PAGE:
But nowhere does John the Baptist tell us about his personal identity. Nowhere does he name himself or tell us anything about his background. Instead, John the Baptist defined himself by the task he was sent to perform. He defined himself as a verb instead of a noun…”I am the voice of him crying in the desert, ‘make straight the way of the Lord.’” The translation we heard today uses the term, “desert” while other versions translate the same world as “wilderness.” The Greek New Testament uses the word eremos, which means “deserted place”, which is the typical characteristic of both what we know as desert and wilderness. Both, however, denote an absence of civilization. John the Baptist was a lonely voice crying out in a desolate area that the Kingdom of God was at hand. Not only was he on the physical outskirts of civilization, he was in a place of spiritual desolation. By that time, the Jews had been through a lot of unpleasant history, because the tolerant Persian empire lasted only about 200 years. After that, the Alexander the Great, who was a Greek, conquered the entire area and imposed the Hellenist culture. Then the Romans took over Palestine in about 63 BC.  So by the time John the Baptist came on the scene, the ordinary Jew on the street had suffered enough and was anxious for relief. Not only were the Romans a problem, but the rulers of the Jews, that is, Herod and his ilk, cooperated with them so they could stay in power. Together, Herod and the Romans created an oppressive society where the Romans collected heavy taxes and interfered with the operations of the Temple, like dictating who the high priest was going to be. The ordinary Jews who were not part of the power structure, the kind who would eventually be attracted to the message of Jesus, were ripe to receive good news. Someone who was crying out that he was to make straight the way of the Lord by way of a Messiah was very good news indeed. The message of John the Baptist brought them the joy of hoping for better days, just like Third Isaiah did.
The particulars of the message of John the Baptist articulates a call for repentance, which does not mean “I’m sorry” as it does in everyday speech. Nor does it meaning turning away fromsin. Repentance is more than that. To repent is a translation of the Greek word, metanoeo, a compound word meaning to change one’s thinking. Repentance is a change of mind that results in a change of action. It is a change of the inner self to turn to God. Just like today, the immediate world around John the Baptist, the world into which Jesus came, was focused on money and power. The Sadducees ran the temple and made money doing it, and there were more than enough rich people taking advantage of poor people, just like today. That had to change then, and must change now.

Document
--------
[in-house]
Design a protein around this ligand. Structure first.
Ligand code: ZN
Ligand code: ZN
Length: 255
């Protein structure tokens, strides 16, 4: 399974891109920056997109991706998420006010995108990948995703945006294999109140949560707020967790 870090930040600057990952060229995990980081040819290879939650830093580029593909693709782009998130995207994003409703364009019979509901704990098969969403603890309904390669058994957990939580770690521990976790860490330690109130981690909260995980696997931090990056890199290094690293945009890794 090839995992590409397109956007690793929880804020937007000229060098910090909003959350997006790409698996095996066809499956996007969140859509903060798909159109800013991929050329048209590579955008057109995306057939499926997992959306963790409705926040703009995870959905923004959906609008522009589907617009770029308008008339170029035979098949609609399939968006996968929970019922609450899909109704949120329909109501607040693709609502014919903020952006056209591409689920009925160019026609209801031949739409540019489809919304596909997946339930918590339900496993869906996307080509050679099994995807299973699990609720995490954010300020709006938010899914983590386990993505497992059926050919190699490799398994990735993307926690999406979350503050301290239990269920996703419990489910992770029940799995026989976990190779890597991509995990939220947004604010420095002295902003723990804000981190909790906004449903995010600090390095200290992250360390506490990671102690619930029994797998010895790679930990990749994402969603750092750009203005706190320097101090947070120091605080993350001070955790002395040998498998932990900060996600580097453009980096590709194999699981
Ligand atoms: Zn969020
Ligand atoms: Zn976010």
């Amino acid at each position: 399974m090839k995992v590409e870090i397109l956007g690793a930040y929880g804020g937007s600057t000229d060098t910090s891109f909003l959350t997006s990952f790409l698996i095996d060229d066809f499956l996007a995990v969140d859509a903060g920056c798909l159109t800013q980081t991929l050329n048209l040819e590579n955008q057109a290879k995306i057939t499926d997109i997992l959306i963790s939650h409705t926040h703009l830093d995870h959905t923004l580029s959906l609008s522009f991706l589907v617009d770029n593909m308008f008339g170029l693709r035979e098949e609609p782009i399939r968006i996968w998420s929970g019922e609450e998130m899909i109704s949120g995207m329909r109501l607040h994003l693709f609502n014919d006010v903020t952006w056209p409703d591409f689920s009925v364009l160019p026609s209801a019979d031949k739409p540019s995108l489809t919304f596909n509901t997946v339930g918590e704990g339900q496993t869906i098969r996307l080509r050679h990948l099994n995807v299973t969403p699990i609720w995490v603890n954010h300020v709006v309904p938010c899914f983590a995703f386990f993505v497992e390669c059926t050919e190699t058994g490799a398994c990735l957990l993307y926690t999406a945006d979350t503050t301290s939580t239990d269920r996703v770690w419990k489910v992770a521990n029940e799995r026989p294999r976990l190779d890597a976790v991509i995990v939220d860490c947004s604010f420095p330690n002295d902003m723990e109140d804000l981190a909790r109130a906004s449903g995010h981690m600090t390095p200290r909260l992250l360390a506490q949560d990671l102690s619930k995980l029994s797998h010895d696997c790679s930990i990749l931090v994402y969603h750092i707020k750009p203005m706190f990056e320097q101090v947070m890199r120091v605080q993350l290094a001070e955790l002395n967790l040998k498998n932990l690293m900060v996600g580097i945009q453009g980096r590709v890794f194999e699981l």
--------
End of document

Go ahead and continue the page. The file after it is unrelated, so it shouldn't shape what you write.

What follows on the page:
John the Baptist called for compassion and justice, just as Jesus would later do. In Luke’s Gospel, he tells those with an abundance of clothing to share with others who have none; that those with plenty of food should share it with the hungry; and tax collectors to stop collecting more than what is due. John and Jesus each got the same reward in this life for what they preached: they were killed by the power structure, as often happens to those who get in the face of the powerful to speak on behalf of the poor and dispossessed: look also at what happened to Martin Luther King, Mahatma Gandhi, and the many martyrs of the Christian faith.
So what’s the takeaway for us independent Catholics from a centuries-old story about a strange guy calling in the wilderness for making straight the way for Jesus? We can ask John the Baptist to pray for us, and I’m sure his prayers will help, but I think he also has value to us as an example to follow. We too, can be voices crying in the wilderness calling for change in the world around us. Although our church is situated in an urban area, it is really a wilderness or desert, a place of desolation, and by that, I mean spiritually desolated by a very secular culture. The latest religious statistics according to a 2012 Pew Institute study, show that people not affiliated with any church are now about 20% of the population overall, and 33% of adults under 30. That’s pretty depressing, isn’t it? Other studies show pretty much the same thing: atheism, agnosticism are on the rise. Secularism is taking over. That looks pretty desolate to me. But we can’t lose hope. We can carry out God’s mission despite those statistics. What motivates us, what gets us going, is that anticipatory joy to make straight in the spiritual desert in which call out a highway for our God. We, as independent Catholics, can and should be voices crying in the wilderness to make way for the message of Jesus concerning the Kingdom of God. 
How? Just like the signs you see in the train station, “when you see something, say something.” When you see injustice, call it out. Expose it. If you see police beating up someone, capture it on your cell phone and post it on You-Tube and/or turn it over to the media. You want that kind of stuff to go viral on the Internet to get some demonstrations going. If your local government tries to prohibit you from feeding homeless people, do it anyway and tell the media why it’s an oppressive law to rile up public opinion. If you see abuse of children or elderly people, call the appropriate agency and publicize what you’ve done. If you know of a business that mistreats its workers or customers, organize a boycott.
All of this sounds a bit anti-establishment, but it’s in the spirit of John the Baptist. It will make you feel joyful as you anticipate the everlasting kingdom of God where peace and justice will reign. Jesus may not return to us in person as a live body, as many early Christians thought He would, but He can and will return by way of his Real Presence to permeate the way the human race does its business. Our job as Christians is to set a straight pathway so that can happen, just as John the Baptist prepared the way for the first coming of Jesus. We, as Catholics, are called to participate in human affairs and to recognize in the poor, the afflicted, and the oppressed, the presence of the Lord summoning the Christian community to action. Independent Catholics may be small in number, but we can put ourselves on the map by being John the Baptist to the world. We are called to rejoice while doing that. (Sing) “Rejoice, Rejoice, Emmanuel, shall come to thee, O Israel.” AMEN.